As parents our key role is to be the nurturer and provider of our children’s needs. We want to protect them and equip them to live happy, fulfilling lives. One way you can do this is by ensuring they get a quality education that opens up career opportunities and increases their future earning potential.
But doing your absolute best for your children’s future does not mean you should totally sacrifice or neglect your own.
“Of course, by empowering your children, you are potentially setting them up to gain financial independence one day. But if you don’t prepare for your own future, you may be forced to rely on them financially in your old age,” says Karabo Ramookho, Strategic Retail Marketing Manager at Old Mutual.
She adds: “You deserve to be financially independent too. With proper planning, saving and investing conscientiously and with the support of an accredited financial adviser, you can have the best of both worlds.”
5 tips to help you save for the future
1. Keep learning
Education is not something you complete in your twenties. It’s a life-long need and goal. By continually enhancing your own skills and knowledge, you make life more interesting and make yourself more marketable. The more marketable you are, the greater your income potential, which will make it easier to fund your retirement and their education.
2. Chat to your children about their options
Discuss your children’s options with them. If they are performing well academically, they could qualify for reduced school fees and later for a bursary or even a full scholarship for their tertiary studies. This would help to ease the financial burden.
If they are passionate about a hobby, encourage them to try to earn money from it, so they can help save towards their own future.
3. Set a great example
There’s an old saying that we can all attest to that says: “Children tend to do what you do, not what you say.”
How you manage your finances can impart valuable lessons to your children. If you rely heavily on credit to get by every month, your children may assume this is ‘normal’ and mimic this behaviour when they are older.
Teach them how to manage money well by using your own household budget as an example. Show them how you balance your income with your expenses and savings and investments every month. The sooner they understand financial fundamentals, the better the chance they will grow into financially responsible adults.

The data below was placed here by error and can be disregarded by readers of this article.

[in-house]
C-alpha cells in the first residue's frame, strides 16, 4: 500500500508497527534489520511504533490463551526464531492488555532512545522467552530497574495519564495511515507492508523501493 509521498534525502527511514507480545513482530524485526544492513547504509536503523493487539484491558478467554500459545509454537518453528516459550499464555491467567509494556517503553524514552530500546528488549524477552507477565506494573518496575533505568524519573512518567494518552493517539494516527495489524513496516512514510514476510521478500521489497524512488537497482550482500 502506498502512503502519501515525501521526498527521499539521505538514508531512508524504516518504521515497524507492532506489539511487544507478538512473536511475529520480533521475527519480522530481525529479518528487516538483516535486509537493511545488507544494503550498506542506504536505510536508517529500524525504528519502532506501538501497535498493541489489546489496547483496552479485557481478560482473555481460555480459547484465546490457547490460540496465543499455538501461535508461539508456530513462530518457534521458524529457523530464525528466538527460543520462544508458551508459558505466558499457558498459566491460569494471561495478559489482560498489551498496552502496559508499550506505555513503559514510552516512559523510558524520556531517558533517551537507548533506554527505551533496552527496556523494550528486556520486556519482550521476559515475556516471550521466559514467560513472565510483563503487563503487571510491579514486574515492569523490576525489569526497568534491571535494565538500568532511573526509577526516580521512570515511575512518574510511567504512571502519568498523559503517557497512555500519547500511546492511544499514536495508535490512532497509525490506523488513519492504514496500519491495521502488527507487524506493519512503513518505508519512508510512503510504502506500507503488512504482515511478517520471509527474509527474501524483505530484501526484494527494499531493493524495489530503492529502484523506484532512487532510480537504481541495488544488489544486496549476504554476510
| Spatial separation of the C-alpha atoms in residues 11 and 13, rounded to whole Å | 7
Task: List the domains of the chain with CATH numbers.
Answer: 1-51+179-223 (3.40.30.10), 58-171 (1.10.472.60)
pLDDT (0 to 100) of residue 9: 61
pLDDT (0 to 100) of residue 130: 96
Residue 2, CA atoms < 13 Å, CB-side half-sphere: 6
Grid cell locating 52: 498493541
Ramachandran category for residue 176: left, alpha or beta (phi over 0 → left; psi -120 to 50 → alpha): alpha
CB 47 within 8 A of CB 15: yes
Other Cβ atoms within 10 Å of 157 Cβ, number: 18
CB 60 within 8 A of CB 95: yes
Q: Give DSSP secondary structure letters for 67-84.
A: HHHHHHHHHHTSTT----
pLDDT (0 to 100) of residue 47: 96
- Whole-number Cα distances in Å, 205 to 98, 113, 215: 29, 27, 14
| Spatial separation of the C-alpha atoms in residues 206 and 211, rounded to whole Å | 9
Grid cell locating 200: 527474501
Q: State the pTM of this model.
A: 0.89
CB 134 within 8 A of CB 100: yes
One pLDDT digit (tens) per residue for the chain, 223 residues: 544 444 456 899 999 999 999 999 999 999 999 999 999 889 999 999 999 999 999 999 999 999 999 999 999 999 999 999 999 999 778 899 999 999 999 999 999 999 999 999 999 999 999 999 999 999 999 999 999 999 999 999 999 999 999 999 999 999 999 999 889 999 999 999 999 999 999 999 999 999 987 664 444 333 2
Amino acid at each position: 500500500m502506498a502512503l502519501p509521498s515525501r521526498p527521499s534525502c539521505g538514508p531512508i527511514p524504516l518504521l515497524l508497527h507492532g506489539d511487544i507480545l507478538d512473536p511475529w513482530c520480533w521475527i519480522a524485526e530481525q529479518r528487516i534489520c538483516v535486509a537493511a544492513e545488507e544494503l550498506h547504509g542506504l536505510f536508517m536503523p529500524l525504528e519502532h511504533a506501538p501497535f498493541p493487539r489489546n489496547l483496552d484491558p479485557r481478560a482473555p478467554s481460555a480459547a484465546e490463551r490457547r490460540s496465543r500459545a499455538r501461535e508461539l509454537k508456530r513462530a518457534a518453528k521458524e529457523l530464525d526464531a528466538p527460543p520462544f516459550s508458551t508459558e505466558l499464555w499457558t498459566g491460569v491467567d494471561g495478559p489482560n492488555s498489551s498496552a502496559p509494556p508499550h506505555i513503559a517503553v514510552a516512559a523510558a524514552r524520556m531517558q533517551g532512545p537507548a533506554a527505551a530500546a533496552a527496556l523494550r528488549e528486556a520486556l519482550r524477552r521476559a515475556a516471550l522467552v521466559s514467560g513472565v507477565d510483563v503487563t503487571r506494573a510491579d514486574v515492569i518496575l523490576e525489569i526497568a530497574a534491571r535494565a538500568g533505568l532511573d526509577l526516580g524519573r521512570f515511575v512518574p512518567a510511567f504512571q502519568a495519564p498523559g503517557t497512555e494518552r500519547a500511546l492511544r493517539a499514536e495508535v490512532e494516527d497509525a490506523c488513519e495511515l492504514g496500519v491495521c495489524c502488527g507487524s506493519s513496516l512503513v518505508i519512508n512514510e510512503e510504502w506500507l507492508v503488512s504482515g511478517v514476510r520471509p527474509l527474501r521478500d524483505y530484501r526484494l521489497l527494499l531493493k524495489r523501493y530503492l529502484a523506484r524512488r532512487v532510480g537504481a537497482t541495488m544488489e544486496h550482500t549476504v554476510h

4. Give them the gift that grows
Instead of constantly giving your children expensive gifts, opt to give them smaller presents and top up their education savings or unit trusts with the rest.
Share the growth of the investment or savings with them by drawing comparisons between a toy that can break versus a gift that will set them up in the future.
If you give your children pocket money, instill in them the habit of saving a portion of it for something they really want. This will teach them the value of delayed gratification.
5. Get expert guidance
Discussing your needs with a financial adviser and enlisting their help to draw up a proper financial plan is always a good idea.
Advisers are trained to look at your holistic financial needs and recommend solutions that will enable you to achieve your goals. They can also assist you with cover for life’s ‘what ifs’.
If you would like to get in touch with an accredited financial adviser who can help you plan for your and your family’s future, visit https://www.oldmutual.co.za/personal/solutions/financial-coaching
The material is not intended as and does not constitute financial or any other advice.
The material does not take into account your personal financial circumstances. For this reason it is recommended that you speak to an accredited broker or financial adviser to consider all your options and draw up a plan to achieve your financial goals.
This post and content is sponsored, written and provided by Old Mutual.